So, if I become excellent at seeing gross objects vibrate, and only gross objects are present in a particular moment, and I manage to catch the vanishing of that moment, then stream-entry will follow? It seems like I would want to be able to work with subtle objects, because, if I don't, and subtle objects happen to be present in a particular moment, then that moment couldn't be a gateway to stream-entry for me.

Sorry if this is being nit-picky. I'm just trying to work out the contradictions in my mental model, though my time might be served better by just meditating.

Thanks again, everyone.
Mark L, modified 13 Years ago at 5/25/09 11:02 AM
Created 13 Years ago at 5/25/09 11:02 AM

RE: are body sensations sufficient for stream-entry?

Posts: 90 Join Date: 8/22/09 Recent Posts
>>> "But there is more to the breath than physical sensations. There is also a mental representation of the breath. There may be a picture in the mind of the body and of the rising and falling of the abdomen. These "mental sensations" are inherently more subtle than physical sensations, and are legitimate objects of awareness, IF they are predominant in the mind and not something you have to strain to see. You can't manufacture this, you just deal with things as they arise. Whatever is here now is the door to the door to the door. (Thanks, Bill Hamilton)"

Maybe this says it all. Don't strain. You see what you see. "Subtle" is relative.

The only thing is that, the Ingram interview makes it sound like there's a "trick" to it: with a practiced flick of the wrist, "synchronize that with the sense of strobing attention". But maybe that happens all by itself with careful, consistent practice.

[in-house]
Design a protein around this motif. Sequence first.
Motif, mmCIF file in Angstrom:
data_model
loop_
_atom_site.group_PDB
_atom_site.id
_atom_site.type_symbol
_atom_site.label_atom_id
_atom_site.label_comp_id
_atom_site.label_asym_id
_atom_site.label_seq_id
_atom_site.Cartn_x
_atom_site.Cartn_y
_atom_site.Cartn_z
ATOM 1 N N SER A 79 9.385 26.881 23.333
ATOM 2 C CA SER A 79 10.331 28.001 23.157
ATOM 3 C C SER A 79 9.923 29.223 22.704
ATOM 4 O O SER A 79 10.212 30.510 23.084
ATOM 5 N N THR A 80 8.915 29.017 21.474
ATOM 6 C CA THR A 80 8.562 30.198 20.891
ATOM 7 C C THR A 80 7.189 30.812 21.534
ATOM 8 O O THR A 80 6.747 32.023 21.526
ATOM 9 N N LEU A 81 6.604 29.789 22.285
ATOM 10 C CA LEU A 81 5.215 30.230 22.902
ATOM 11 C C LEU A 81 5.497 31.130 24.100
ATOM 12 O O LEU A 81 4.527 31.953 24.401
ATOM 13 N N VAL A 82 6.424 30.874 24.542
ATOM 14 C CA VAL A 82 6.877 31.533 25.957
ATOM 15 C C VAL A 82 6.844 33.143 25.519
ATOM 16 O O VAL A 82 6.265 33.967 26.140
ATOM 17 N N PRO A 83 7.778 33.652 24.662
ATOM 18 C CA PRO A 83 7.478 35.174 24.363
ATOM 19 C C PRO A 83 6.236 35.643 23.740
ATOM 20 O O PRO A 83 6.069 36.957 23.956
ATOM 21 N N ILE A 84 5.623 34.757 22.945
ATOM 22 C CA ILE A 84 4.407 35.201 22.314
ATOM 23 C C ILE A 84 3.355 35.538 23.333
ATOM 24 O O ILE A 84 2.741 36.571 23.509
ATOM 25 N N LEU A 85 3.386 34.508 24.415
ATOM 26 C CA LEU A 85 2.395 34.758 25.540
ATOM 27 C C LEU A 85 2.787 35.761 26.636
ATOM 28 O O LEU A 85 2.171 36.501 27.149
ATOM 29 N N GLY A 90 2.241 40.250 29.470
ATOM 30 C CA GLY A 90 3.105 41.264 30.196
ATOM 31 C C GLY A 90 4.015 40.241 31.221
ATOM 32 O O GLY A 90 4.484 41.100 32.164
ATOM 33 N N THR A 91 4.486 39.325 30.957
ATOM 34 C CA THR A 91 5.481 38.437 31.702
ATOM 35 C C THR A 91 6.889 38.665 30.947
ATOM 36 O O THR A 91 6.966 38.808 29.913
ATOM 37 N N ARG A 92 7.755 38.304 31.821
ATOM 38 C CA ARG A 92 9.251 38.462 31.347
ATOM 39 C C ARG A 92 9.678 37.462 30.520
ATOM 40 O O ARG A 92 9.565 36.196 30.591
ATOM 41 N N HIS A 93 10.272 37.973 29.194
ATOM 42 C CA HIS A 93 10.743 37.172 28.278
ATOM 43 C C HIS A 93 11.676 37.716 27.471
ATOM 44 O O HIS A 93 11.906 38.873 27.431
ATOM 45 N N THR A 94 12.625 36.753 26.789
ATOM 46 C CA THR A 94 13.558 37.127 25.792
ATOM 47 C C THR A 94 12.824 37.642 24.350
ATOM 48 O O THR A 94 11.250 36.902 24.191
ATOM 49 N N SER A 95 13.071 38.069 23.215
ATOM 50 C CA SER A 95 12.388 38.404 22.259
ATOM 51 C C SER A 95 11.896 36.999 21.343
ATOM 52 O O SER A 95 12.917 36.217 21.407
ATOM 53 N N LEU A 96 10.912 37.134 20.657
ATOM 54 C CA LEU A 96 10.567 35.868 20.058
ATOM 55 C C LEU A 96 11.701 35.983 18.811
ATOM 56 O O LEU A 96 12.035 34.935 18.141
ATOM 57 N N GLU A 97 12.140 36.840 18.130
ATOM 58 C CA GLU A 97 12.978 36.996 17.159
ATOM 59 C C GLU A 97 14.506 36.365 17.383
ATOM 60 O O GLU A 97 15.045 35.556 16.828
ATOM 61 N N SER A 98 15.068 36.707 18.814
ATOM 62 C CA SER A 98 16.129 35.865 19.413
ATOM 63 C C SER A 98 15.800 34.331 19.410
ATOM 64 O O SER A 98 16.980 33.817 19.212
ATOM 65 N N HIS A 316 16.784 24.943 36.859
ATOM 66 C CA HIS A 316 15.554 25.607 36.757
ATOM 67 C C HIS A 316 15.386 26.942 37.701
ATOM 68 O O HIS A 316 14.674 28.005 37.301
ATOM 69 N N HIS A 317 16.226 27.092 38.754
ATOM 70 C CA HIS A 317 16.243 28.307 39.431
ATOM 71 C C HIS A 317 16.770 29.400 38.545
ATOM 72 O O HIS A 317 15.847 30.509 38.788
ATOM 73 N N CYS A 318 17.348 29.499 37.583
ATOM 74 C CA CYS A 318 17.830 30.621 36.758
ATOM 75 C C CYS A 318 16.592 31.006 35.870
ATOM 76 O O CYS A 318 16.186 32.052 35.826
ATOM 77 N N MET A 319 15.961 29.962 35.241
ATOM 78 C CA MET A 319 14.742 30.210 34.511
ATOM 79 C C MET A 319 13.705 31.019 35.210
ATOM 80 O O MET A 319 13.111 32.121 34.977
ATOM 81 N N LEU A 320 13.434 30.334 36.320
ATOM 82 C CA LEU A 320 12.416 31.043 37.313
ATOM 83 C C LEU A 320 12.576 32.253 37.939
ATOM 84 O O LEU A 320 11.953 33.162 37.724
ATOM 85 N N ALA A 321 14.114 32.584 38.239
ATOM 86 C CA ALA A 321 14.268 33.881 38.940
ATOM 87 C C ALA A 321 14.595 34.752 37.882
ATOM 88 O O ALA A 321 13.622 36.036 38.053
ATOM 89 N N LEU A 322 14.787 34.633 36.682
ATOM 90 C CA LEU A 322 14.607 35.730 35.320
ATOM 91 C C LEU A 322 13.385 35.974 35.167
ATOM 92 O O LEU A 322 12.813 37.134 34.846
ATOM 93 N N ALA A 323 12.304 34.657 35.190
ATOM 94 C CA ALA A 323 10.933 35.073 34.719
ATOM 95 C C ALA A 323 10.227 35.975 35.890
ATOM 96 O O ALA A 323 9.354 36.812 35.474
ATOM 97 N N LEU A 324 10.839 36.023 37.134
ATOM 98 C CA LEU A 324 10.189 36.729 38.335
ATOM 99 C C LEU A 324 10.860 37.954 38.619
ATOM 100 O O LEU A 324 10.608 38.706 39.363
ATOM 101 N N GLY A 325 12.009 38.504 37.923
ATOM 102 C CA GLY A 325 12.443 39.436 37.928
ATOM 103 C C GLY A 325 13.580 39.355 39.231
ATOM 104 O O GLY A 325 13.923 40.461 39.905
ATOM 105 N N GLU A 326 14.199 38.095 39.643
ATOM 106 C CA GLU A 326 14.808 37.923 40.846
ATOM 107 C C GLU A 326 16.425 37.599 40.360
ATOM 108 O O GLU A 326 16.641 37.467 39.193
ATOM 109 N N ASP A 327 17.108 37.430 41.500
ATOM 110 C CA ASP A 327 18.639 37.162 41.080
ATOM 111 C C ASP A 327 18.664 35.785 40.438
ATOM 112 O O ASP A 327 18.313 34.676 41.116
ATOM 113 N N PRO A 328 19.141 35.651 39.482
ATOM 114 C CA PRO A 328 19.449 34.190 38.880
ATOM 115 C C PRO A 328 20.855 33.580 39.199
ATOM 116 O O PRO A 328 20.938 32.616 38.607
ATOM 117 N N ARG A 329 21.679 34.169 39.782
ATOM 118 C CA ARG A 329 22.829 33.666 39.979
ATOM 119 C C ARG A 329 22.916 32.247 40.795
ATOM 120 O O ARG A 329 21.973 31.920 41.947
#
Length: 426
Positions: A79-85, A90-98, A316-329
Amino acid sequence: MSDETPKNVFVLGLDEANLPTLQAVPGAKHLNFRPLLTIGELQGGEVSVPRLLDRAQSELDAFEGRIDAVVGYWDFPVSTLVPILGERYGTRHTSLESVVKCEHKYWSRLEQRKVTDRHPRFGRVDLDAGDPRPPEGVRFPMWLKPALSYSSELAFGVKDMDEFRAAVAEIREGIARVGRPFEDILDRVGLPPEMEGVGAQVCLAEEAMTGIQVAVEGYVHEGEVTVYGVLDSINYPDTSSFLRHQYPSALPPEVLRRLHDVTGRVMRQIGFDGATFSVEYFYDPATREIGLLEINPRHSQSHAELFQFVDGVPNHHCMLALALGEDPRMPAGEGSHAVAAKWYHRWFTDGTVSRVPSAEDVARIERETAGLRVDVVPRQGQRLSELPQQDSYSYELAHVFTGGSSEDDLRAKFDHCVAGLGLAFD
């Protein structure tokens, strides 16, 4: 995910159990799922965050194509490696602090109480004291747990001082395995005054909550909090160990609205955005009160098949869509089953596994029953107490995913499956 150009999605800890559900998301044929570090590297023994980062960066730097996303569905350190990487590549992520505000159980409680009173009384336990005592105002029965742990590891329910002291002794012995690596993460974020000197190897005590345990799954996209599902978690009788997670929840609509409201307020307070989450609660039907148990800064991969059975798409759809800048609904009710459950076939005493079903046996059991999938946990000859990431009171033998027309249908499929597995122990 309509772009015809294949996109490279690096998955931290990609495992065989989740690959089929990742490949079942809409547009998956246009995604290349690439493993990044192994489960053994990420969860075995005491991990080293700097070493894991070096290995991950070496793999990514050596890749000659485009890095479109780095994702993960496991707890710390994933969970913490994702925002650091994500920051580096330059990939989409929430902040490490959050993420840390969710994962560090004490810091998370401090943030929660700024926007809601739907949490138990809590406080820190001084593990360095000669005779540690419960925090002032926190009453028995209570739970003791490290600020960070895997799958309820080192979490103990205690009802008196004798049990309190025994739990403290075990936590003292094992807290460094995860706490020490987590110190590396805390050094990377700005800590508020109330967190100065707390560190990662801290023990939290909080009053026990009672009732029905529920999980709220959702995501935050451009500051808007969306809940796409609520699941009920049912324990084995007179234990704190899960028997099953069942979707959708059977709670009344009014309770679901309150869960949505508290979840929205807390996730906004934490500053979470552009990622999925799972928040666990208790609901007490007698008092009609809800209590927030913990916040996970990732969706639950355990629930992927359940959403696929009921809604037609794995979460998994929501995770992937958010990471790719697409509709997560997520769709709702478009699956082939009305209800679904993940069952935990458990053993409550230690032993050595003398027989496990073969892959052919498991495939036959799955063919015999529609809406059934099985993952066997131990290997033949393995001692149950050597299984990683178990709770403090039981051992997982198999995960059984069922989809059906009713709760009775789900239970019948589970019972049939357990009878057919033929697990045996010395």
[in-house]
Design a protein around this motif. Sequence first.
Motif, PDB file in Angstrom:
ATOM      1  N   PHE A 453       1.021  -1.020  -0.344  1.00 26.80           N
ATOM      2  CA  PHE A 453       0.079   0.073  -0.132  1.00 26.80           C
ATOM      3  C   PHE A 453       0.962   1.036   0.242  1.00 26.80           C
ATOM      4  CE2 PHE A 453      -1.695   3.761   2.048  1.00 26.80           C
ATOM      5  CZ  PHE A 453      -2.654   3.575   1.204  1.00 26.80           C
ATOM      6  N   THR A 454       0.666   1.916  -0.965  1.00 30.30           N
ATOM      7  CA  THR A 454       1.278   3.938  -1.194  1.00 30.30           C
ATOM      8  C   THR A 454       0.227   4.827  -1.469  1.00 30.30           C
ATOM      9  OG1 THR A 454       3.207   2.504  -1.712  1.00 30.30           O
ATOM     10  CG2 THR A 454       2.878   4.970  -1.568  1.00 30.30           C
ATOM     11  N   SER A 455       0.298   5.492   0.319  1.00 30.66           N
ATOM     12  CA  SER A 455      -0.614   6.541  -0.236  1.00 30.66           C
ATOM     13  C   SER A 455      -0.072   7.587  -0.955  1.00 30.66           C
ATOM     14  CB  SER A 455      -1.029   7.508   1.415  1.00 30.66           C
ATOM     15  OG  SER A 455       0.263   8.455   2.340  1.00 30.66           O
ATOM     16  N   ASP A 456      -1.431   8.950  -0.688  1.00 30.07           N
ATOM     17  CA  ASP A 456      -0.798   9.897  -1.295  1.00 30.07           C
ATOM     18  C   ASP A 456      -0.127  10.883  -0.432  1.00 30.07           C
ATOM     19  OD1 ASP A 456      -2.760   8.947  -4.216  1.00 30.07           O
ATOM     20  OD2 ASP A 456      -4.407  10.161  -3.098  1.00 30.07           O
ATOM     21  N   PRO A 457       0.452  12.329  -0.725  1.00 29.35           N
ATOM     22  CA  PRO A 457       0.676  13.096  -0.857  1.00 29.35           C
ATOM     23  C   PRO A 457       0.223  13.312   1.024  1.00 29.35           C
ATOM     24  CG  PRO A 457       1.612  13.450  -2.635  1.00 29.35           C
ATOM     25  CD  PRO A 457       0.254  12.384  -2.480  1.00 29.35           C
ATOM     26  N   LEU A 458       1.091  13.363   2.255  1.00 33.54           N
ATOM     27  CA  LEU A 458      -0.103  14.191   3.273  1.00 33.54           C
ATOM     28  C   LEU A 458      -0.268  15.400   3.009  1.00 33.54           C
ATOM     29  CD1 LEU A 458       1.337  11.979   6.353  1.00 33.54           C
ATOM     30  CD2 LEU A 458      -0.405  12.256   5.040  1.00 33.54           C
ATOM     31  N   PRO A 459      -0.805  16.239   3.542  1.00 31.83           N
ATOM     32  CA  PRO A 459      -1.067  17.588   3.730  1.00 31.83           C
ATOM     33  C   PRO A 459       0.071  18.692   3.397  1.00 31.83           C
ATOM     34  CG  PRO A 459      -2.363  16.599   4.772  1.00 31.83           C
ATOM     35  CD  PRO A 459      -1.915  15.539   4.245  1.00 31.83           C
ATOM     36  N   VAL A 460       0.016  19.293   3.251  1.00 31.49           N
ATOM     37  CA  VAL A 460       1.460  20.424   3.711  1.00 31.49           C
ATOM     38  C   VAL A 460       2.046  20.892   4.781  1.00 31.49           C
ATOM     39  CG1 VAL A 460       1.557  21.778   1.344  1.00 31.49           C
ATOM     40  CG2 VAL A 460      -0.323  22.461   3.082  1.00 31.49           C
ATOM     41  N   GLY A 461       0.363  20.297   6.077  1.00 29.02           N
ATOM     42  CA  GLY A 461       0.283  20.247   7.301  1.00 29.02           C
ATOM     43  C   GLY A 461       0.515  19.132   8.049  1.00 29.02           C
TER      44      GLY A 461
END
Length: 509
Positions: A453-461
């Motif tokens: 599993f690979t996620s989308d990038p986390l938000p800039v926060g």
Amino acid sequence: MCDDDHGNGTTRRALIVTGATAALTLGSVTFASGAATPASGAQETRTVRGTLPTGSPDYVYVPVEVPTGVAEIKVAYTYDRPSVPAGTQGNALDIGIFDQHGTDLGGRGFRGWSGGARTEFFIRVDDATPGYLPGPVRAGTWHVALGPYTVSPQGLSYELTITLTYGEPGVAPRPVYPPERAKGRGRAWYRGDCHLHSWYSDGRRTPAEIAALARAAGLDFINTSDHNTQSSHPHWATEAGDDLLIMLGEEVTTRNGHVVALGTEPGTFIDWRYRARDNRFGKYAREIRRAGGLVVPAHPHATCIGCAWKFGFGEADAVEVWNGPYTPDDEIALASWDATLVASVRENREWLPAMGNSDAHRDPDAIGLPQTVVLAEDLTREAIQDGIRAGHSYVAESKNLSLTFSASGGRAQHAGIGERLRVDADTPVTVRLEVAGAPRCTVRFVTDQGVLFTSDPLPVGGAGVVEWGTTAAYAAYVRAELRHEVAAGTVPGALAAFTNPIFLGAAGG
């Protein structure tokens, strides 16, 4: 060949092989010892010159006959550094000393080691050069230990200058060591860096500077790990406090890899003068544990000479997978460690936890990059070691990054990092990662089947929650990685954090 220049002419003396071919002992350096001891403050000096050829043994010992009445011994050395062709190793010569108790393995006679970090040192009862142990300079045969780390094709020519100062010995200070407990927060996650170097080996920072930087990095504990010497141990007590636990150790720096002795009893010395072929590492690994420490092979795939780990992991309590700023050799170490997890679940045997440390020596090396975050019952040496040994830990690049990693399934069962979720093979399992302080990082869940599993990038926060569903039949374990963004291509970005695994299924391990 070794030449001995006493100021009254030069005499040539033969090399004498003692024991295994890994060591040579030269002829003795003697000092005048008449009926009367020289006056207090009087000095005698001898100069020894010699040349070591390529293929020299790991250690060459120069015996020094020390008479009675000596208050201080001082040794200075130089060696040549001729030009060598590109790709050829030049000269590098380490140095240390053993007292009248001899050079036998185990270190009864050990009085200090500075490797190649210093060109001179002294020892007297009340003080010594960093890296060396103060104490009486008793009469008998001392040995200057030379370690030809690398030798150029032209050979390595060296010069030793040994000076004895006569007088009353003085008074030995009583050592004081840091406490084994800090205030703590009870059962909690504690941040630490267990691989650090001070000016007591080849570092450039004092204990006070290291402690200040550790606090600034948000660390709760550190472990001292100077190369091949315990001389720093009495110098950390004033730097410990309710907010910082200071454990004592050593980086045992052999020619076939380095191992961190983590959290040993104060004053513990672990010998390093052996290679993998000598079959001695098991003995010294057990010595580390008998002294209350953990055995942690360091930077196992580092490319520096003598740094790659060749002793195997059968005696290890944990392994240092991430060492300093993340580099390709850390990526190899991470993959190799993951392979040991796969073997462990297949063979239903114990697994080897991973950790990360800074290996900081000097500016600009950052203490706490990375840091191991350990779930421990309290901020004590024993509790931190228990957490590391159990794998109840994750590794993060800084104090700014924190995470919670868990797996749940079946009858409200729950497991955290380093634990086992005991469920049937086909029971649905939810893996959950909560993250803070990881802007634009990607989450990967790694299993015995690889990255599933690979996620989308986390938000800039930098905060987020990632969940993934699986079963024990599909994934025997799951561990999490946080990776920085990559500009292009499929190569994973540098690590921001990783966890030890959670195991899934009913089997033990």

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Kenneth Folk, modified 13 Years ago at 5/25/09 11:37 AM
Created 13 Years ago at 5/25/09 11:37 AM

RE: are body sensations sufficient for stream-entry?

Posts: 439 Join Date: 4/30/09 Recent Posts
@Mark:"The only thing is that, the Ingram interview makes it sound like there's a "trick" to it: with a practiced flick of the wrist, "synchronize that with the sense of strobing attention". But maybe that happens all by itself with careful, consistent practice."

Mark, I like the way you keep at this until it makes sense to you. Here's one way to think of it:

Although it can be said there is a trick to it, as an advanced practitioner can call up cessations and jhanas at will, there is some underlying development that must take place before it can happen. Just knowing how to do it isn't enough; you have to have the hardware on which to run your program.

Vince Horn was just telling me about the difference between technical challenges and adaptive challenges, as defined by psychologist Robert Kegan. A technical challenge would be one you could overcome just by learning a technique; you already have the mental and physical hardware in place. An example would be, for an adult, assembling a child's toy. You already have the dexterity and the spatial skills to do the job, so you just need to read the instructions and get to work.

An adaptive challenge would arise if a small child tried to assemble the same toy. Lack of dexterity and spatial skills, not to mention the inability to read the instructions, would make the task impossible. In order to complete the task, the child has no choice but to wait for further development.

Developmental enlightenment, at whatever level, is both a technical and adaptive challenge. Even if you master the technique, you have to wait until the mind/body has adapted or developed sufficiently to do the job. Luckily, the techniques are designed in such a way that development results from the attempt to apply the technique at whatever level one is able.

And yes, the synchronization Daniel refers to happens by itself with practice.